The festivities will continue at 10.30pm with performances by local dance groups, including Hype Squad, Yard Style dancers and Cree dance studio.
The featured performer for the evening will be Jamaican star Christopher Martin. The performer from Back Pasture in St. Catherine shot to fame after winning the Digicel Rising Stars title in 2005. With singles like Giving It and Jamaican Girls heating up the airwaves in Jamaica, Christopher became the first Rising Stars alumnus to score a hit single on the Jamaican charts.
The event is organised by Roma United Sports Club, and sponsored by QuickCash, Digicel, The Observer on Sunday, Seaboard, Vibe, Coca-Cola, Partysurfers.ky, Treasure Island Resort, Kirk Supermarket and Grace.
Hair to celebrate
Anne Marie Tomlinson put in a special effort to celebrate Jamaica Independence Day, sporting another of her intricate and outrageous hair styles. The work of art, which has the Jamaican traditional dish of ackee and codfish woven into it, was created by Keisha Coghile and Sara Barnett of Tatianna’s Heaven on Earth Beauty Salon. The hair style also includes the Jamaican flag and braids featuring iconic Jamaican colours. Tomlinson tops that off with a Jamaican football jersey, creating an ensemble that promises to be a unique celebration of the 49th anniversary of Jamaica’s independence.
“JN Money Services, through its QuikCash brand, is proud to sponsor and celebrate with Jamaicans and friends of Jamaica in The Cayman Islands, as our nation moves one step closer to marking 50 years of independence.” Gabriel Heron, JN Money Services Ltd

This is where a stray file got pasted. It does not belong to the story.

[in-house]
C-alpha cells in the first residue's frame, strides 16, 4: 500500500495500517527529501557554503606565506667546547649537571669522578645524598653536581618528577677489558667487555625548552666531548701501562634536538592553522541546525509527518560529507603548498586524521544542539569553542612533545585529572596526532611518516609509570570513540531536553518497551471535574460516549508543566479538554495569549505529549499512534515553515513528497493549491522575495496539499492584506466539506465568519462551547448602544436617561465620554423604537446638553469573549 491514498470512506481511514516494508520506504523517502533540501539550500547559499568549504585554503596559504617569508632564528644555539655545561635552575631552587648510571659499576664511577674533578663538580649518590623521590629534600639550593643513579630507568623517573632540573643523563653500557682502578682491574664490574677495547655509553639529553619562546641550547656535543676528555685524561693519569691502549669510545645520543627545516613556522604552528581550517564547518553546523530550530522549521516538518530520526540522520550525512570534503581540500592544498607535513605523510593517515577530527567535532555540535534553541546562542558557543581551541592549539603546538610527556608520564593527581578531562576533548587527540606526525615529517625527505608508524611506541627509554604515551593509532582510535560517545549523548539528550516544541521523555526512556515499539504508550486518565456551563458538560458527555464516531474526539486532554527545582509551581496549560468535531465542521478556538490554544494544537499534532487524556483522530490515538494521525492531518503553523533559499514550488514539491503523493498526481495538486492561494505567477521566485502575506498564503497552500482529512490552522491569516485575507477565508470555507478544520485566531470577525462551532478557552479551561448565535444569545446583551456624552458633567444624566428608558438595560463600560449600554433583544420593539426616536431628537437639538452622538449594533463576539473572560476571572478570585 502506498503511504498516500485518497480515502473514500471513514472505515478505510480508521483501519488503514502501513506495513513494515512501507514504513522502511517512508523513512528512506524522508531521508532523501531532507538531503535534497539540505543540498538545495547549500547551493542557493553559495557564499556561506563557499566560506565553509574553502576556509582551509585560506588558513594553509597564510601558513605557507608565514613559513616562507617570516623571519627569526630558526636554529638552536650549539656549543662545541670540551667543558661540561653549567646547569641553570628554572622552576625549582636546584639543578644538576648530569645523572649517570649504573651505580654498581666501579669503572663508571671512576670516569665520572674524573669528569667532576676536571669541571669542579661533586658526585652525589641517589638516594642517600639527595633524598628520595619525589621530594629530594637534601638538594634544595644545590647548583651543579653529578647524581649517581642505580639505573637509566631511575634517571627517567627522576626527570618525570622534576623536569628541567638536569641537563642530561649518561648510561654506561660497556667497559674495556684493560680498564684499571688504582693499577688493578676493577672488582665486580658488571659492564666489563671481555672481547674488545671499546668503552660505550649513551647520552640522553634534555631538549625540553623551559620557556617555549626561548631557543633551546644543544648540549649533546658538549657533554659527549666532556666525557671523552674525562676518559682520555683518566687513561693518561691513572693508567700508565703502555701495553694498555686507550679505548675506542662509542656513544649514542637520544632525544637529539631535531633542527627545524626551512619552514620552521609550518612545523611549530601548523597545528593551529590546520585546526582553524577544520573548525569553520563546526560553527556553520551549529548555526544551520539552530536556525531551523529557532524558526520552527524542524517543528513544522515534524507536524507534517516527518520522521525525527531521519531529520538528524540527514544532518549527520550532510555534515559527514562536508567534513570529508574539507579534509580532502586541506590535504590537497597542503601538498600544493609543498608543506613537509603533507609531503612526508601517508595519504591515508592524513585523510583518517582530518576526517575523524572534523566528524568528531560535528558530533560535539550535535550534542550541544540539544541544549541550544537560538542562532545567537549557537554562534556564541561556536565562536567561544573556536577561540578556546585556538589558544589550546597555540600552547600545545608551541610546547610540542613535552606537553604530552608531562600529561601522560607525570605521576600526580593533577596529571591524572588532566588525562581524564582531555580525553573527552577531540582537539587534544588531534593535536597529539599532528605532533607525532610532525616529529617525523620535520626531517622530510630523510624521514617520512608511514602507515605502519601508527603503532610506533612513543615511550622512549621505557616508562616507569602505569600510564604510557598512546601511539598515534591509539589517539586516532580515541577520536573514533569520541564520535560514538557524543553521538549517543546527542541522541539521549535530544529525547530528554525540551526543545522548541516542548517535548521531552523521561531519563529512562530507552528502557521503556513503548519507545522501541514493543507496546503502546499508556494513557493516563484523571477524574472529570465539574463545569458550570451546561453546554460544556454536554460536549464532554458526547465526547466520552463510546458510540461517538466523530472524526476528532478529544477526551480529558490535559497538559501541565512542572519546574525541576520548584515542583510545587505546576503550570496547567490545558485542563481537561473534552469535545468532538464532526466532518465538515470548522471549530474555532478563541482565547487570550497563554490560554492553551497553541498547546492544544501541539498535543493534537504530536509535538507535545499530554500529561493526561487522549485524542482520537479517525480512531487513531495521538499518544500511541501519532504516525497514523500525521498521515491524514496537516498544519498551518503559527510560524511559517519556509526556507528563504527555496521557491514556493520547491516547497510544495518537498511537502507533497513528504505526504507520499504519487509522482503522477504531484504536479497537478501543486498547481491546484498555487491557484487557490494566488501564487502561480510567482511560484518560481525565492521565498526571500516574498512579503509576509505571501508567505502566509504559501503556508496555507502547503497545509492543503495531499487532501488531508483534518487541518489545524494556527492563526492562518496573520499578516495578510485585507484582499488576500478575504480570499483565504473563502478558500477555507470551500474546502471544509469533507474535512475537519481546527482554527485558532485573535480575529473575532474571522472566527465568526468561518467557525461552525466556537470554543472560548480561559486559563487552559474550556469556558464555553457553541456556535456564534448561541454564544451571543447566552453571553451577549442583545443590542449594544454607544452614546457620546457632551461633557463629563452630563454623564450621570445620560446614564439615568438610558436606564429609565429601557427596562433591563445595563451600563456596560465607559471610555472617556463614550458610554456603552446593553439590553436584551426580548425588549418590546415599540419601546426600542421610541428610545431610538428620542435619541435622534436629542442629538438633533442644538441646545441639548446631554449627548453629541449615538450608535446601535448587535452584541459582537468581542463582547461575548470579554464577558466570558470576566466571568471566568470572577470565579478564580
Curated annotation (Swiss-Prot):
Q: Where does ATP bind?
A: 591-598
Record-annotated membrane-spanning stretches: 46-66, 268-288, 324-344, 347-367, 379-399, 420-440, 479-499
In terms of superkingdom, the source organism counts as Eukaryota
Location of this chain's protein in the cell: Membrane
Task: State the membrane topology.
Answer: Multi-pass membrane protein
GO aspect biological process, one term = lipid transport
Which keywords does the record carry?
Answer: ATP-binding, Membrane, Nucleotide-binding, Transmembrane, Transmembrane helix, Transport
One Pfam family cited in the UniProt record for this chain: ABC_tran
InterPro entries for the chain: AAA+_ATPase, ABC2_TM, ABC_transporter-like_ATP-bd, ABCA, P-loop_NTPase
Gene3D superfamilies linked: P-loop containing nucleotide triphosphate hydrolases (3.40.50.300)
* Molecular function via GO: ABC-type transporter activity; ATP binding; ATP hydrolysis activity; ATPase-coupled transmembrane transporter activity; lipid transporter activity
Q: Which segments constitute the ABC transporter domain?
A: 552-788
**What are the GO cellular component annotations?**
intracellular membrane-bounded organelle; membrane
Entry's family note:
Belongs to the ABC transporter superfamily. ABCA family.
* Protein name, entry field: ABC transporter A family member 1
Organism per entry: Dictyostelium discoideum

Jacques Scott (Grace and Appleton)
“Jamaica and the Cayman Islands have been brothers for many years. Likewise, Jacques Scott has had a long-standing partnership with Grace Foods, which has Jamaican roots. It is paramount to Jacques Scott to support all of the Jamaica Independence day events with Grace.” Eva Atkinson, Jacques Scott
The Observer on Sunday
“It’s great to be a sponsor of such a fun event on the island and this is the third year that the Observer on Sunday has been involved. We can all experience a little flavour of Jamaica today from the music to the food! I encourage everyone to get down to Cardinall Avenue and have some jerk for lunch.” Anne Mason, Cayman Free Press
“Vibe 98.9fm is honoured to be part of the 2011 Jamaican Independence Day celebrations here in Cayman. Vibe is all about embracing Caribbean culture and music, which there will be an abundance of this year, closing down Cardinall Avenue for the festivities.” Chrys Chapman, Paramount Media
Part of the celebrations will revolve around the unique sayings that make up Jamaican language. As Jamaica is a melting pot of African and English traditions, the traditional sayings often reflect this unique mix.
Di higher monkey climb, di more him expose himself
The higher your status, the more your vulnerabilities are exposed
De olda de moon, de brigher it shines
The older a person is, the wiser
Sorry fi mawga dog, mawga dog wi tun round bite you
Sometimes it is those whom we help who are the least grateful
Duppy know who fi frighten
Bullies pick on those who can defend themselves the least
Hog say, ‘de first dutty water mi ketch, mi wash’.
Make use of the first opportunities that comes your way
Mi throw mi corn, but me no call no fowl
A statement is made, the guilty party will pick it up
What sweet nanny goat ago run eeh belly
That which appears too good, can hurt you